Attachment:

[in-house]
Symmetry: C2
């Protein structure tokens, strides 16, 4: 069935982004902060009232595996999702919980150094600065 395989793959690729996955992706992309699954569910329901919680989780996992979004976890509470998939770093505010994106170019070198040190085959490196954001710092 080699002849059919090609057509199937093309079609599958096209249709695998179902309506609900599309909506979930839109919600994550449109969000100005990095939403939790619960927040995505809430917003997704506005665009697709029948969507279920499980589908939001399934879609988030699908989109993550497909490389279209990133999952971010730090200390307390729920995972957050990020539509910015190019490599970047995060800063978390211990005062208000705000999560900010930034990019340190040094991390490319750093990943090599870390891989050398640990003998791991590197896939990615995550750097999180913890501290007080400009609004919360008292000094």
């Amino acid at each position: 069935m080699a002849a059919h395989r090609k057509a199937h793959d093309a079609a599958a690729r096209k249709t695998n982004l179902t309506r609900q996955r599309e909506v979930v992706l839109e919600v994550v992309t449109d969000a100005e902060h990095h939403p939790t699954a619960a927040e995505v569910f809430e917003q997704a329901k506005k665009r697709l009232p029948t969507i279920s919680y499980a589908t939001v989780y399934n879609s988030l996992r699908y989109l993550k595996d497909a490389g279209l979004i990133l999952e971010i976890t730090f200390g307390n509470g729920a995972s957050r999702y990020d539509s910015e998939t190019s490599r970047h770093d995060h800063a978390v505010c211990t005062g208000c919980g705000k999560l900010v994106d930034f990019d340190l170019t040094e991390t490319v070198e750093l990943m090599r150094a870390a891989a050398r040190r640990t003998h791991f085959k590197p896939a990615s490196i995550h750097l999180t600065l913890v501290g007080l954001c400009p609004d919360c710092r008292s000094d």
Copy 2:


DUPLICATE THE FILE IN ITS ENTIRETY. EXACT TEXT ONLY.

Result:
[in-house]
Symmetry: C2
């Protein structure tokens, strides 16, 4: 069935982004902060009232595996999702919980150094600065 395989793959690729996955992706992309699954569910329901919680989780996992979004976890509470998939770093505010994106170019070198040190085959490196954001710092 080699002849059919090609057509199937093309079609599958096209249709695998179902309506609900599309909506979930839109919600994550449109969000100005990095939403939790619960927040995505809430917003997704506005665009697709029948969507279920499980589908939001399934879609988030699908989109993550497909490389279209990133999952971010730090200390307390729920995972957050990020539509910015190019490599970047995060800063978390211990005062208000705000999560900010930034990019340190040094991390490319750093990943090599870390891989050398640990003998791991590197896939990615995550750097999180913890501290007080400009609004919360008292000094």
């Amino acid at each position: 069935m080699a002849a059919h395989r090609k057509a199937h793959d093309a079609a599958a690729r096209k249709t695998n982004l179902t309506r609900q996955r599309e909506v979930v992706l839109e919600v994550v992309t449109d969000a100005e902060h990095h939403p939790t699954a619960a927040e995505v569910f809430e917003q997704a329901k506005k665009r697709l009232p029948t969507i279920s919680y499980a589908t939001v989780y399934n879609s988030l996992r699908y989109l993550k595996d497909a490389g279209l979004i990133l999952e971010i976890t730090f200390g307390n509470g729920a995972s957050r999702y990020d539509s910015e998939t190019s490599r970047h770093d995060h800063a978390v505010c211990t005062g208000c919980g705000k999560l900010v994106d930034f990019d340190l170019t040094e991390t490319v070198e750093l990943m090599r150094a870390a891989a050398r040190r640990t003998h791991f085959k590197p896939a990615s490196i995550h750097l999180t600065l913890v501290g007080l954001c400009p609004d919360c710092r008292s000094d």
Copy 2: